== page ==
NetForum uses cookies to ensure that we give you the best experience on our website. If you continue to use the site, we'll assume that you are happy to receive these cookies on the NetForum website. Read about our cookies.
NetForum Community
Learn. Share. Optimize.
Log in | Sign up now | Submit content | Contact
Go to similar content

Safety and preliminary efficacy of early tirofiban treatment after alteplase in acute ischemic stroke patients

Philips CT Clinical Science Philips Healthcare • USA

Li W, Lin L, Zhang M, Wu Y, Liu C, Li X, Huang S, Liang C, Wang Y, Chen J, Feng W.

* This article originally appeared in the October 2016 edition of Stroke.
Background and Purpose
We investigated whether early initiation of tirofiban, a glycoprotein IIb/IIIa antagonist, is safe, can reduce the risk of reocclusion, and improve outcomes in acute ischemic stroke patients after alteplase.

Forty-one patients received alteplase followed by intravenous tirofiban infusion for at least 24 hours. The incidence of symptomatic intracranial hemorrhage, systematic bleedings, and death was recorded. The National Institutes of Health stroke scale score was evaluated at 24 hours and at day seven (or discharge). Modified Rankin scale was assessed at three months. Outcomes for these patients were compared with a propensity score–matched historical cohort with alteplase only.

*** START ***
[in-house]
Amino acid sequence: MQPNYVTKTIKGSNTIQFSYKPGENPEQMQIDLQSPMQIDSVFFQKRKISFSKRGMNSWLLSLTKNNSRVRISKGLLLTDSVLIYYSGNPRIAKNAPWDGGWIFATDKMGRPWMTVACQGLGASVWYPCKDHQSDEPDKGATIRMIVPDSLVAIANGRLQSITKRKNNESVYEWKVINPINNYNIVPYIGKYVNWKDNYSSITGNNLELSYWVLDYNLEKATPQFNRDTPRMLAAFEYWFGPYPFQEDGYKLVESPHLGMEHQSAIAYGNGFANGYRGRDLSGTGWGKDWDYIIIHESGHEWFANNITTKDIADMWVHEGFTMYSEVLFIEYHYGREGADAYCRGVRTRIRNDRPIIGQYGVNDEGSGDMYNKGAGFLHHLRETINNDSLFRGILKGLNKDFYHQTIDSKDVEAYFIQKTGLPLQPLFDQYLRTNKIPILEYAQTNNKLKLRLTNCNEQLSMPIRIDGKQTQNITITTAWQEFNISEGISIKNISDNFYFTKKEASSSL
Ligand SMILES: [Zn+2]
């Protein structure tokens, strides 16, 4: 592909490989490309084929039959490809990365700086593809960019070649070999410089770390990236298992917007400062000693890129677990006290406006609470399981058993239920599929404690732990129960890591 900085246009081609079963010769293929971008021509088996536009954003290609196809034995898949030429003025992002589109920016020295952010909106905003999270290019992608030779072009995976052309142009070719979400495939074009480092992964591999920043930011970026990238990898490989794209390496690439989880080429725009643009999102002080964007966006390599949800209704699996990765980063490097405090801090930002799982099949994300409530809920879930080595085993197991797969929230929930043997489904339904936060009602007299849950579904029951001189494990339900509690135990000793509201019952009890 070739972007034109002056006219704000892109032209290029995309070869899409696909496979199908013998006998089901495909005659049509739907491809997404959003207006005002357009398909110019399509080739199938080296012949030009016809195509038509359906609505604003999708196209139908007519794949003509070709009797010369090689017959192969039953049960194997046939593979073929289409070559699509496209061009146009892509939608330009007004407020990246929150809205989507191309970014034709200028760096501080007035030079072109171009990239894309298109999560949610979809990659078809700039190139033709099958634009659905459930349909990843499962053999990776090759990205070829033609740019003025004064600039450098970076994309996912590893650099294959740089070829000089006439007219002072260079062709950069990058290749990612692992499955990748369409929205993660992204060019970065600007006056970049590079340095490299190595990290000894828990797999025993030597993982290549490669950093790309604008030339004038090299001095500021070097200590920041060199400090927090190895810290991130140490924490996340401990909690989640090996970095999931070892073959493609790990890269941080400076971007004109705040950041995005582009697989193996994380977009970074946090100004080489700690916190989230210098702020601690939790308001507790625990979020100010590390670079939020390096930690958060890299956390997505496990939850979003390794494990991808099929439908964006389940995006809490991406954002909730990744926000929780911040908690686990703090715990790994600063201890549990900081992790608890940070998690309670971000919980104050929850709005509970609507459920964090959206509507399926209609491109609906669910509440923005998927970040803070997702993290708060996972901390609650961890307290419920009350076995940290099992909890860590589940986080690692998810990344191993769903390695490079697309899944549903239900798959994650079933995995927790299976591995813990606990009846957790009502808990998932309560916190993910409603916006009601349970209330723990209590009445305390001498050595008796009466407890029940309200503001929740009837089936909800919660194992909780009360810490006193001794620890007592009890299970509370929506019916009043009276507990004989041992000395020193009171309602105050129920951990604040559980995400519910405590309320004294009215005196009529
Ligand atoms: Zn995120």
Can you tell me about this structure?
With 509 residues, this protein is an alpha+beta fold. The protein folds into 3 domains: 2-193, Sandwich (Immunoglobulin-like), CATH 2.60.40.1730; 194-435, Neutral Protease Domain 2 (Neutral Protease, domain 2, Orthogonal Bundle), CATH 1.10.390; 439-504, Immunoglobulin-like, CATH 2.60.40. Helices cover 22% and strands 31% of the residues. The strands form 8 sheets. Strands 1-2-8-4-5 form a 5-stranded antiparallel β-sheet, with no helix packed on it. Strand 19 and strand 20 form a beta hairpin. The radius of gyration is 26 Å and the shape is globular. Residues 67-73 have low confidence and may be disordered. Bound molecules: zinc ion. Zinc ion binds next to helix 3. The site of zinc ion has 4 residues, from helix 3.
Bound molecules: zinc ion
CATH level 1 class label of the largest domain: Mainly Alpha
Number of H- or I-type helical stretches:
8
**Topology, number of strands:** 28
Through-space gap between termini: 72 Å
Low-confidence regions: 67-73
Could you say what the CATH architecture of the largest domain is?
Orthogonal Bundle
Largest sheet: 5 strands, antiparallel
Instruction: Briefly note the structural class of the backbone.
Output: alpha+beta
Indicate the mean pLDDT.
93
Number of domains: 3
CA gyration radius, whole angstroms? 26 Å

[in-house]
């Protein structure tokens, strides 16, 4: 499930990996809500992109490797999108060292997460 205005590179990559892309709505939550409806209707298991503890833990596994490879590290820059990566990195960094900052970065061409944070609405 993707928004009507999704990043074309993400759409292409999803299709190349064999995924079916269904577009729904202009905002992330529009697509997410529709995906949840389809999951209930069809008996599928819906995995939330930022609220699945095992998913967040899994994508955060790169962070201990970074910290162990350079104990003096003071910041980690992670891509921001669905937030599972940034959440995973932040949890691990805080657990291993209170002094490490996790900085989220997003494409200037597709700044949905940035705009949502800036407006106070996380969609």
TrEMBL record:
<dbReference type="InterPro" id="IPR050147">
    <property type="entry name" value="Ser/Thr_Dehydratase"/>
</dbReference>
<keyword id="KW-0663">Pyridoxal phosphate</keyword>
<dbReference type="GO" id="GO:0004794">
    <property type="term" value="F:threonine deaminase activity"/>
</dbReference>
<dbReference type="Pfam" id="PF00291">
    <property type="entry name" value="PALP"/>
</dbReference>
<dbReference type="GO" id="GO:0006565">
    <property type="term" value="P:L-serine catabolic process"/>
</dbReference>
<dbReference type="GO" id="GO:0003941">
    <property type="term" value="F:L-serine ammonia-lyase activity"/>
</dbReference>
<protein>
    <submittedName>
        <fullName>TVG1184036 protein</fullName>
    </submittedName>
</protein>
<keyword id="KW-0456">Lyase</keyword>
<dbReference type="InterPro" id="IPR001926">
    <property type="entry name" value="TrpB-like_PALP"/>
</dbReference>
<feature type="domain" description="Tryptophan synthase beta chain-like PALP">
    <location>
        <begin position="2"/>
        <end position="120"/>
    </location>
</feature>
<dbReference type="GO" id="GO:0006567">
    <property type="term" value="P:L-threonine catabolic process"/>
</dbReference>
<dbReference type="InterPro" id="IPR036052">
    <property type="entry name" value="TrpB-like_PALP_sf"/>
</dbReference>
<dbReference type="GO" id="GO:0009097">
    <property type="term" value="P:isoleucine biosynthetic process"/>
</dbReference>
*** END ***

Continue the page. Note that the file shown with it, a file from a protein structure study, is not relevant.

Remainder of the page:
The incidence of symptomatic intracranial hemorrhage, death, or systematic bleedings (P=1.00) was not increased in the alteplase/tirofiban group. At 24 hours, fewer patients experienced reocclusion in the alteplase/tirofiban group (2.4% versus 22.0%; P=0.025). At day seven or discharge, the median National Institutes of Health stroke scale score was significantly lower in the alteplase/tirofiban group (1 versus 6; P=0.002). At three months, more patients had favorable outcomes of modified Rankin scale 0 to 1 (70.7% versus 46.2%; P=0.026).

Intravenous tirofiban immediately after alteplase seems to be safe and potentially more effective when compared with alteplase alone for selected stroke patients.
For more information about this publication, check out the PubMed listing for this article.

This content has been made possible by NetForum Community.
Share this on: Share your link in twitter Share your link in facebook Share your link on LinkedIn Print Rate this article: Log in to vote

Nov 7, 2016

Rate this:
Log in to vote

brain, Head, head CTA, hemorrhage, Neuro, stroke

Clinical News
Best Practices
Case Studies
Publications and Abstracts
White Papers
Web seminars and Presentations
Application Tips and FAQ
Try an Application
Business News
Case Studies
White Papers
Web Seminars and Presentations
Utilization Services
Contributing Professionals
Contributing Institutions
Become a Contributor